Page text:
[Show abstract] [Hide abstract]
- "feration ( Kotecha and Schlichter , 1999 ) , migration ( Rappert et al . , 2002 ; Schilling et al . , 2004 ) and cell process extension and retraction ( Eder et al . , 1998 ) . However , microglia activation is no longer considered an all or none event , but rather a sequence of progressive stages ( Ponomarev et al . , 2007 ; Olah et al . , 2012 ; Crain et al . , 2013 ) depending on the bal - ance between pro - inflammatory and anti - inflammatory signals in the surrounding environment ( Biber et al . , 2007 ; Lively and Schlichter , 2013 ) ."
ABSTRACT: Microglial cells participate in brain development and influence neuronal loss and synaptic maturation. Fractalkine is an important neuronal chemokine whose expression increases during development and that can influence microglia function via the fractalkine receptor, CX3CR1. Mice lacking Cx3cr1 show a variety of neuronal defects thought to be the result of deficient microglia function. Activation of CX3CR1 is important for the proper migration of microglia to sites of injury and into the neuropil during development. However, little is known about how fractalkine modulates microglial properties during development. Here we examined microglial morphology, response to ATP, and K+ current properties in acute brain slices from Cx3cr1 knockout mice across postnatal hippocampal development. We found that fractalkine signaling is necessary for the development of several morphological and physiological features of microglia. Specifically, we found that the occurrence of an outward rectifying K+ current, typical of activated microglia, that peaked during the second and third postnatal week, was reduced in Cx3cr1 knockout mice. Fractalkine signaling also influenced microglial morphology and ability to extend processes in response to ATP following its focal application to the slice. Our results reveal the developmental profile of several morphological and physiological properties of microglia and demonstrate that these processes are modulated by fractalkine signaling.Frontiers in Cellular Neuroscience 03/2015; 9. DOI:10.3389/fncel.2015.00111 · 4.18 Impact Factor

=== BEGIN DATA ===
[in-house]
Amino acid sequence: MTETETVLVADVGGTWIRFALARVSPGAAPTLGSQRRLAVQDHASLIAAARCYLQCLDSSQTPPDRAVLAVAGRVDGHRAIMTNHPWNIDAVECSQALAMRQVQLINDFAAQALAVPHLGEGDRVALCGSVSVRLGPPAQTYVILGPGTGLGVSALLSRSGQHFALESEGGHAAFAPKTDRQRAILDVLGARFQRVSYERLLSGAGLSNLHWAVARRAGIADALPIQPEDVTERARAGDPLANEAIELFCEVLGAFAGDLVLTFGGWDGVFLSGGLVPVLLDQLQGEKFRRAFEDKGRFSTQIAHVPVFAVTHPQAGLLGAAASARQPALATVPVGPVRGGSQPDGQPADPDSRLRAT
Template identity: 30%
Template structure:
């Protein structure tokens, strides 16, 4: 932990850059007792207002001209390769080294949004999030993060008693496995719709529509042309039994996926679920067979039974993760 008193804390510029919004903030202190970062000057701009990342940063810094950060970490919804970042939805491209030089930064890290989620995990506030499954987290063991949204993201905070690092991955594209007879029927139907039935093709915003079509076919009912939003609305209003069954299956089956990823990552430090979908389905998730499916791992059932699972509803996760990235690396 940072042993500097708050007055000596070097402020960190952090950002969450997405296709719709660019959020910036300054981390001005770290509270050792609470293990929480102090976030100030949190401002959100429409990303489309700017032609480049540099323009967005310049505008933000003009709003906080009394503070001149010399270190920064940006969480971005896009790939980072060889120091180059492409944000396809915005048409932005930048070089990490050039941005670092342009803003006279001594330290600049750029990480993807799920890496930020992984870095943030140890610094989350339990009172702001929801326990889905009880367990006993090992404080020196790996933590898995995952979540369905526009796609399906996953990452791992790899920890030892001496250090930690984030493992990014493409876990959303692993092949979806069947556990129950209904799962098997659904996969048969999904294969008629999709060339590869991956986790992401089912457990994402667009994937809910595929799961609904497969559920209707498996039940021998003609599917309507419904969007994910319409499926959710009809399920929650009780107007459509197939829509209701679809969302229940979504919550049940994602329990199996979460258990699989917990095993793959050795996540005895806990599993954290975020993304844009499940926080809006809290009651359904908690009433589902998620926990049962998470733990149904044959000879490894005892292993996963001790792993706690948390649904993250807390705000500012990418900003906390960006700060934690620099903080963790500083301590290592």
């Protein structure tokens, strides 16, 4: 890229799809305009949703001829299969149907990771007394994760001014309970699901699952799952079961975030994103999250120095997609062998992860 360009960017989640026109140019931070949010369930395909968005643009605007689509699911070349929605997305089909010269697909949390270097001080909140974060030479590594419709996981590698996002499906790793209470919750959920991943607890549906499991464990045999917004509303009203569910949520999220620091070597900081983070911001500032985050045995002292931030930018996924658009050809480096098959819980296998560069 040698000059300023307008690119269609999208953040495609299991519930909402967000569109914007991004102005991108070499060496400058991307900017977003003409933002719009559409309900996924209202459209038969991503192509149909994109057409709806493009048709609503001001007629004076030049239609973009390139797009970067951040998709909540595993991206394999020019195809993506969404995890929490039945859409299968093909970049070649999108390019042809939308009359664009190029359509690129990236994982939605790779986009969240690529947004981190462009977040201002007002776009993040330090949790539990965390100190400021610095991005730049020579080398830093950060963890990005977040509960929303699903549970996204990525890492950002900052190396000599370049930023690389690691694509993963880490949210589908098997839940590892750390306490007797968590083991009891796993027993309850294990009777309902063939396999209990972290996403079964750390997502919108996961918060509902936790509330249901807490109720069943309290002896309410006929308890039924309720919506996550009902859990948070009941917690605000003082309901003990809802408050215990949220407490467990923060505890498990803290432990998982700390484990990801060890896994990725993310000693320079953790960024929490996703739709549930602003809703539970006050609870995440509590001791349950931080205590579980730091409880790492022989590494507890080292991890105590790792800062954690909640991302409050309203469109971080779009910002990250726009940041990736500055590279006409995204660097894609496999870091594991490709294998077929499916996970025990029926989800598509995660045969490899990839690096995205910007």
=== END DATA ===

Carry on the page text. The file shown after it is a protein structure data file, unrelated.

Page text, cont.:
[Show abstract] [Hide abstract]
- "Recent studies have shown that activated microglia can be divided into two phenotypic profiles. The classical M1 state, characterized by proinflammatory factors for example, interleukins (IL-1Β, IL-18, and IL-6) and inducible nitric oxide synthase (NOS2)    , is neurotoxic and therefore contributes to secondary neuronal damage, cell death, and demyelination, which lead to neurodegeneration  . The neuroprotective M2 state, known as " alternative activation, " is associated with the release of anti-inflammatory factors, such as IL-10, IL-4, and NGF   . "
ABSTRACT: Microglial activation is a polarized process divided into potentially neuroprotective phenotype M2 and neurotoxic phenotype M1, predominant during chronic neuroinflammation. Endocannabinoid system provides an attractive target to control the balance between microglial phenotypes. Anandamide as an immune modulator in the central nervous system acts via not only cannabinoid receptors (CB1 and CB2) but also other targets (e.g., GPR18/GPR55). We studied the effect of anandamide on lipopolysaccharide-induced changes in rat primary microglial cultures. Microglial activation was assessed based on nitric oxide (NO) production. Analysis of mRNA was conducted for M1 and M2 phenotype markers possibly affected by the treatment. Our results showed that lipopolysaccharide-induced NO release in microglia was significantly attenuated, with concomitant downregulation of M1 phenotypic markers, after pretreatment with anandamide. This effect was not sensitive to CB1 or GPR18/GPR55 antagonism. Administration of CB2 antagonist partially abolished the effects of anandamide on microglia. Interestingly, administration of a GPR18/GPR55 antagonist by itself suppressed NO release. In summary, we showed that the endocannabinoid system plays a crucial role in the management of neuroinflammation by dampening the activation of an M1 phenotype. This effect was primarily controlled by the CB2 receptor, although functional cross talk with GPR18/GPR55 may occur.01/2015; 2015:1-10. DOI:10.1155/2015/130639